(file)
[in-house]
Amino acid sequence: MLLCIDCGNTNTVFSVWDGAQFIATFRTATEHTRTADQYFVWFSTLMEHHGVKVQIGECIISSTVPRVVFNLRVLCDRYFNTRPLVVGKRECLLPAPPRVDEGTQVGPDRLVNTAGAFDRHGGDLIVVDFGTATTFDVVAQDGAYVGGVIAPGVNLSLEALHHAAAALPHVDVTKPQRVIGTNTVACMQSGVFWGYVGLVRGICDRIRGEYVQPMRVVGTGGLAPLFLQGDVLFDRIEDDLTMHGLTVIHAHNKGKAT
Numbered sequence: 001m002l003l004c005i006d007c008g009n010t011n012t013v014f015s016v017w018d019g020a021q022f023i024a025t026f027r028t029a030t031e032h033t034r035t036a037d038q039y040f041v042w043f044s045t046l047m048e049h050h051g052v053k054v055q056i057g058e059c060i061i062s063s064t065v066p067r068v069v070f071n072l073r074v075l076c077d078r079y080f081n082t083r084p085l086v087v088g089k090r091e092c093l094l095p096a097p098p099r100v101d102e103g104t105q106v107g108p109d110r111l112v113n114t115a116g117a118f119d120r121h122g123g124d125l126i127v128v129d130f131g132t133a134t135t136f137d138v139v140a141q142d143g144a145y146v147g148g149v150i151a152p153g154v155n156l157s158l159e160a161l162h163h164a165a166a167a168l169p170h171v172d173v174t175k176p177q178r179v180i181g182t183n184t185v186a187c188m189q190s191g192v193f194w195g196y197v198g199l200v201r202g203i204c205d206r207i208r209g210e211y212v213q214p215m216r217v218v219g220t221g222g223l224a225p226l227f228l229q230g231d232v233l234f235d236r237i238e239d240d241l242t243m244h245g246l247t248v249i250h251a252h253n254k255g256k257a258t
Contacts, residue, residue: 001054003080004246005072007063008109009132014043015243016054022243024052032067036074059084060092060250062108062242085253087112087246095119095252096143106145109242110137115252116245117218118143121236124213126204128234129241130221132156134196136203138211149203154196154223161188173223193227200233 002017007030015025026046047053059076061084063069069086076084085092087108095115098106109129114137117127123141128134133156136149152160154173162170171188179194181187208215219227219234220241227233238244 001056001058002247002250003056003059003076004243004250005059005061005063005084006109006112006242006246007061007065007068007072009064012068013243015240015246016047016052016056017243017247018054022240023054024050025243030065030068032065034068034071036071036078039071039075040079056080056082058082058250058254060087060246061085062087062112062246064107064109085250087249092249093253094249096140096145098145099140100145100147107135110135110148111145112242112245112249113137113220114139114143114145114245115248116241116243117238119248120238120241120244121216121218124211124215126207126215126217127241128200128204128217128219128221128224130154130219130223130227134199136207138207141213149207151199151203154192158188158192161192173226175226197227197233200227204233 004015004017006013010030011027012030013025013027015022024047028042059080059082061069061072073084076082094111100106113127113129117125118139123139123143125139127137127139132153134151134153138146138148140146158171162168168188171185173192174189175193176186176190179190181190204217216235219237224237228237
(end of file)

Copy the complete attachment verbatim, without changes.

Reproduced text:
[in-house]
Amino acid sequence: MLLCIDCGNTNTVFSVWDGAQFIATFRTATEHTRTADQYFVWFSTLMEHHGVKVQIGECIISSTVPRVVFNLRVLCDRYFNTRPLVVGKRECLLPAPPRVDEGTQVGPDRLVNTAGAFDRHGGDLIVVDFGTATTFDVVAQDGAYVGGVIAPGVNLSLEALHHAAAALPHVDVTKPQRVIGTNTVACMQSGVFWGYVGLVRGICDRIRGEYVQPMRVVGTGGLAPLFLQGDVLFDRIEDDLTMHGLTVIHAHNKGKAT
Numbered sequence: 001m002l003l004c005i006d007c008g009n010t011n012t013v014f015s016v017w018d019g020a021q022f023i024a025t026f027r028t029a030t031e032h033t034r035t036a037d038q039y040f041v042w043f044s045t046l047m048e049h050h051g052v053k054v055q056i057g058e059c060i061i062s063s064t065v066p067r068v069v070f071n072l073r074v075l076c077d078r079y080f081n082t083r084p085l086v087v088g089k090r091e092c093l094l095p096a097p098p099r100v101d102e103g104t105q106v107g108p109d110r111l112v113n114t115a116g117a118f119d120r121h122g123g124d125l126i127v128v129d130f131g132t133a134t135t136f137d138v139v140a141q142d143g144a145y146v147g148g149v150i151a152p153g154v155n156l157s158l159e160a161l162h163h164a165a166a167a168l169p170h171v172d173v174t175k176p177q178r179v180i181g182t183n184t185v186a187c188m189q190s191g192v193f194w195g196y197v198g199l200v201r202g203i204c205d206r207i208r209g210e211y212v213q214p215m216r217v218v219g220t221g222g223l224a225p226l227f228l229q230g231d232v233l234f235d236r237i238e239d240d241l242t243m244h245g246l247t248v249i250h251a252h253n254k255g256k257a258t
Contacts, residue, residue: 001054003080004246005072007063008109009132014043015243016054022243024052032067036074059084060092060250062108062242085253087112087246095119095252096143106145109242110137115252116245117218118143121236124213126204128234129241130221132156134196136203138211149203154196154223161188173223193227200233 002017007030015025026046047053059076061084063069069086076084085092087108095115098106109129114137117127123141128134133156136149152160154173162170171188179194181187208215219227219234220241227233238244 001056001058002247002250003056003059003076004243004250005059005061005063005084006109006112006242006246007061007065007068007072009064012068013243015240015246016047016052016056017243017247018054022240023054024050025243030065030068032065034068034071036071036078039071039075040079056080056082058082058250058254060087060246061085062087062112062246064107064109085250087249092249093253094249096140096145098145099140100145100147107135110135110148111145112242112245112249113137113220114139114143114145114245115248116241116243117238119248120238120241120244121216121218124211124215126207126215126217127241128200128204128217128219128221128224130154130219130223130227134199136207138207141213149207151199151203154192158188158192161192173226175226197227197233200227204233 004015004017006013010030011027012030013025013027015022024047028042059080059082061069061072073084076082094111100106113127113129117125118139123139123143125139127137127139132153134151134153138146138148140146158171162168168188171185173192174189175193176186176190179190181190204217216235219237224237228237